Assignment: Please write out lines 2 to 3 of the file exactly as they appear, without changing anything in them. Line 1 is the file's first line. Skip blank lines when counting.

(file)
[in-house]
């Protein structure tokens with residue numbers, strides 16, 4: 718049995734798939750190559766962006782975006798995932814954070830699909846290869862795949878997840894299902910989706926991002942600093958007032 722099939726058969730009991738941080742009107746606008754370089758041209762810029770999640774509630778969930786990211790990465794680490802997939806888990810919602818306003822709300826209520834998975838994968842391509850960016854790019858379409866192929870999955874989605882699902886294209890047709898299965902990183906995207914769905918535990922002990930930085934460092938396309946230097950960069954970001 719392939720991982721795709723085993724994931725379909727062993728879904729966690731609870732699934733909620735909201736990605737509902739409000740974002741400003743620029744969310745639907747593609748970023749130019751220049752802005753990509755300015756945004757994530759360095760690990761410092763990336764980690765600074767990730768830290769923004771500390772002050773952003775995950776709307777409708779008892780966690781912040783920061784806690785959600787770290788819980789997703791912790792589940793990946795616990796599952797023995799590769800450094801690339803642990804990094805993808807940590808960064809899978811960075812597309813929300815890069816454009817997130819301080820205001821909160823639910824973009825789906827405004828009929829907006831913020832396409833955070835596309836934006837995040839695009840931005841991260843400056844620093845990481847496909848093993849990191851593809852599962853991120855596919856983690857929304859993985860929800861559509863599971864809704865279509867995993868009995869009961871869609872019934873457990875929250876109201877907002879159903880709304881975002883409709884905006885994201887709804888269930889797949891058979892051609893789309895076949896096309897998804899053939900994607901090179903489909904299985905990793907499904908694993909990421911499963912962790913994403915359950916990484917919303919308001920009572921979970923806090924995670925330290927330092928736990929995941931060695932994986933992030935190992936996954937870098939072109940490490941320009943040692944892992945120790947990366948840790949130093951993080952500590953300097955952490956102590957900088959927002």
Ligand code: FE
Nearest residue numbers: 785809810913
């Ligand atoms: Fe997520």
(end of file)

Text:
């Protein structure tokens with residue numbers, strides 16, 4: 718049995734798939750190559766962006782975006798995932814954070830699909846290869862795949878997840894299902910989706926991002942600093958007032 722099939726058969730009991738941080742009107746606008754370089758041209762810029770999640774509630778969930786990211790990465794680490802997939806888990810919602818306003822709300826209520834998975838994968842391509850960016854790019858379409866192929870999955874989605882699902886294209890047709898299965902990183906995207914769905918535990922002990930930085934460092938396309946230097950960069954970001 719392939720991982721795709723085993724994931725379909727062993728879904729966690731609870732699934733909620735909201736990605737509902739409000740974002741400003743620029744969310745639907747593609748970023749130019751220049752802005753990509755300015756945004757994530759360095760690990761410092763990336764980690765600074767990730768830290769923004771500390772002050773952003775995950776709307777409708779008892780966690781912040783920061784806690785959600787770290788819980789997703791912790792589940793990946795616990796599952797023995799590769800450094801690339803642990804990094805993808807940590808960064809899978811960075812597309813929300815890069816454009817997130819301080820205001821909160823639910824973009825789906827405004828009929829907006831913020832396409833955070835596309836934006837995040839695009840931005841991260843400056844620093845990481847496909848093993849990191851593809852599962853991120855596919856983690857929304859993985860929800861559509863599971864809704865279509867995993868009995869009961871869609872019934873457990875929250876109201877907002879159903880709304881975002883409709884905006885994201887709804888269930889797949891058979892051609893789309895076949896096309897998804899053939900994607901090179903489909904299985905990793907499904908694993909990421911499963912962790913994403915359950916990484917919303919308001920009572921979970923806090924995670925330290927330092928736990929995941931060695932994986933992030935190992936996954937870098939072109940490490941320009943040692944892992945120790947990366948840790949130093951993080952500590953300097955952490956102590957900088959927002």
Ligand code: FE